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Future of emergency response? Joint exercise shows disasters may be managed from a distance

12/4/2014 12:00 AM

COLLEGE STATION - When a group of emergency responders at the Center for Domestic Preparedness (CDP) responded to a mock earthquake in Alabama recently, they called in their on-scene reports to an incident command post hundreds of miles away in Texas.

This may be the future of incident management, according to the training team running the TEEX portion of the joint exercise. There are few barriers to managing a disaster from a distance as long as there is effective communication, says Training Director Jory Grassinger with the Texas A&M Engineering Extension Service (TEEX).

In this case, the groups in Anniston, AL, and College Station, TX, were linked through a unique computer simulation training tool called the Emergency Management*Exercise System (EM*ES), originally available only at the TEEX Emergency Operations Training Center . A web-based version of EM*ES launched earlier this year is allowing groups to interact via the Internet to manage a single disaster from multiple locations.

The “Rook Earthquake” scenario served as the capstone exercise for three classes at the CDP and a TEEX class in Enhanced Incident Management/ Unified Command. The CDP classes covered hazard assessment and response management, along with law enforcement response and emergency medical operations for CBRNE (chemical, biological, radiological, nuclear or explosive) incidents.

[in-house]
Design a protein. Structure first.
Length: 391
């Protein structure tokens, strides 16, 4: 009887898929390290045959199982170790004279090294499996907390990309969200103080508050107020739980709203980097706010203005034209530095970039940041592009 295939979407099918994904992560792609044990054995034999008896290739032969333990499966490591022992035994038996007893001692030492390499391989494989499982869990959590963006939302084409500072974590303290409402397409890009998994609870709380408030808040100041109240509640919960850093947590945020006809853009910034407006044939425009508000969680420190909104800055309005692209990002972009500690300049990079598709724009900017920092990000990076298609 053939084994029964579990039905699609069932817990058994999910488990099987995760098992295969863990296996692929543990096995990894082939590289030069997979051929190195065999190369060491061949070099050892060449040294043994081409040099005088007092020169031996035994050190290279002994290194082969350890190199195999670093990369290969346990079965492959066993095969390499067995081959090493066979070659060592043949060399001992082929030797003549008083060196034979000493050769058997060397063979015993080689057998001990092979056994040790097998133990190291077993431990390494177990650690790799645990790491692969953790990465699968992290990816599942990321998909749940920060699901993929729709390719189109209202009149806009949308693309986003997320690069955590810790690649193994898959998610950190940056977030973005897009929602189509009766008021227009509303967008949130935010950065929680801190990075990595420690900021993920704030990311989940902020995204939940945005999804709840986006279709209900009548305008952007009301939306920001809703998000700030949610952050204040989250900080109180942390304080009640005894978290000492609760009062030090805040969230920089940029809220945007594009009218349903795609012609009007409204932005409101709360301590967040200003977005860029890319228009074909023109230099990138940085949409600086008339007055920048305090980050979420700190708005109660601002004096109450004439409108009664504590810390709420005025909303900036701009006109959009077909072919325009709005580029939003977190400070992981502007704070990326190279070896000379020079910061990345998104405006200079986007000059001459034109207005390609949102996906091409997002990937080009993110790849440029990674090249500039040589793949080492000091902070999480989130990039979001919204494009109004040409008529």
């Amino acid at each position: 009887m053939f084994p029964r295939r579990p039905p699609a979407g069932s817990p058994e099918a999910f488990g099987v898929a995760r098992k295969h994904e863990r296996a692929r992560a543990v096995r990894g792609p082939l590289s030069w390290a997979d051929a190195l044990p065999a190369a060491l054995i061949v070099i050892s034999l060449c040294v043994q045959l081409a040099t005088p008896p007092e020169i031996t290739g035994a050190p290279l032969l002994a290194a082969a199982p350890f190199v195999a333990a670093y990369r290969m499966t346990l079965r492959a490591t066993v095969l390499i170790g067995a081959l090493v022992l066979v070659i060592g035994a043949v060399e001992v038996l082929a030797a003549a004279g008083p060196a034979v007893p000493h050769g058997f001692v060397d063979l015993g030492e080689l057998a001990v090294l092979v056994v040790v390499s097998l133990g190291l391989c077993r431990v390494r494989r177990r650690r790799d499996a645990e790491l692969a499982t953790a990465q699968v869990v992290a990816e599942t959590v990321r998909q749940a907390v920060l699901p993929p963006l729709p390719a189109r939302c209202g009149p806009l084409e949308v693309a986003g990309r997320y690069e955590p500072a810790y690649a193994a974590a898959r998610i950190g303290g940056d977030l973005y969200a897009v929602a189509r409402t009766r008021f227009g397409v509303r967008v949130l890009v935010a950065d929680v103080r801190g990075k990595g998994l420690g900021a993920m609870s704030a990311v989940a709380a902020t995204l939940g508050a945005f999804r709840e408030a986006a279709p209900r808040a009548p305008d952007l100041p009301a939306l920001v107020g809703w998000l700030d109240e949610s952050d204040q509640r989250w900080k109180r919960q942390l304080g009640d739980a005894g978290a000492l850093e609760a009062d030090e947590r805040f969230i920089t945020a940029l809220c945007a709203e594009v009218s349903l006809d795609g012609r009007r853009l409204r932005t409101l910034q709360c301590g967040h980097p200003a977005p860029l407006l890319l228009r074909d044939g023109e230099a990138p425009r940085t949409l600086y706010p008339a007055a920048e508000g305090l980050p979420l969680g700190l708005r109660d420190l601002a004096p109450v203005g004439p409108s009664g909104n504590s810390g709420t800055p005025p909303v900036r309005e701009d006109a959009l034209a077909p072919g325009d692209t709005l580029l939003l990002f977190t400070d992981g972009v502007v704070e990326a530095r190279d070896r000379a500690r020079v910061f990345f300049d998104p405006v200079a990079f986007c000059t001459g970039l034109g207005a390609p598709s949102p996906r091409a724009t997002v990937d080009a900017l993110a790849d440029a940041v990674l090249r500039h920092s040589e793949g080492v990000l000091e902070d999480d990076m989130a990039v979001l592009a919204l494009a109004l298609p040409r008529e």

A June site visit to Anniston by Grassinger and Training Specialist Heather Crites was the first step in the collaboration between the two members of the National Domestic Preparedness Consortium (NDPC). After discussions with CDP officials, the TEEX trainers returned to College Station to develop a scenario that would challenge all of the responders in both locations, and even created a scale map with buildings and streets that corresponded with the Alabama site. To meet the training needs of all of the responders, the earthquake scenario incorporated a rescue and hazmat component, as well as looting and injuries, Grassinger said.

A patient tracking and triage program used in CDP training also was integrated into the scenario. Role players and mannequins that served as “victims” of the mock earthquake were entered into the system and logged according to the extent of their “injuries.” The web-based triage system also tracked which local hospitals received the casualties. The EM*ES computer simulation software and the patient tracking software were available to participants in both locations in real time, Grassinger added.

“This makes the exercise more realistic,” Crites said. “The emergency managers get to talk to responders seeing the incident firsthand, and this also gives the responders interaction with a real management team.”

The collaboration with the CDP is the first time the web-based EM*ES simulation software has connected responders in this fashion, the “boots on the ground” with emergency managers in an incident command post. The training through TEEX’s National Emergency Response and Rescue Training Center and the CDP is offered as part of the DHS/FEMA National Training and Education Division Homeland Security National Training Program. Discussions are underway with other NDPC members on additional collaborative exercises, Grassinger said.

The EM*ES software was designed to support realistic, scenario-based training of multiple disciplines and positions in an incident command post setting. The new web-based version allows for multiple, simultaneous exercises to be performed across several locations anywhere in the world, providing greater flexibility for course delivery and reducing costs.

The Web EM*ES software was developed in conjunction with the Texas A&M Engineering Experiment Station (TEES) and the Texas Center for Applied Technology (TCAT), under the project leadership of TCAT Executive Director Jim Wall.

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Kathy Fraser

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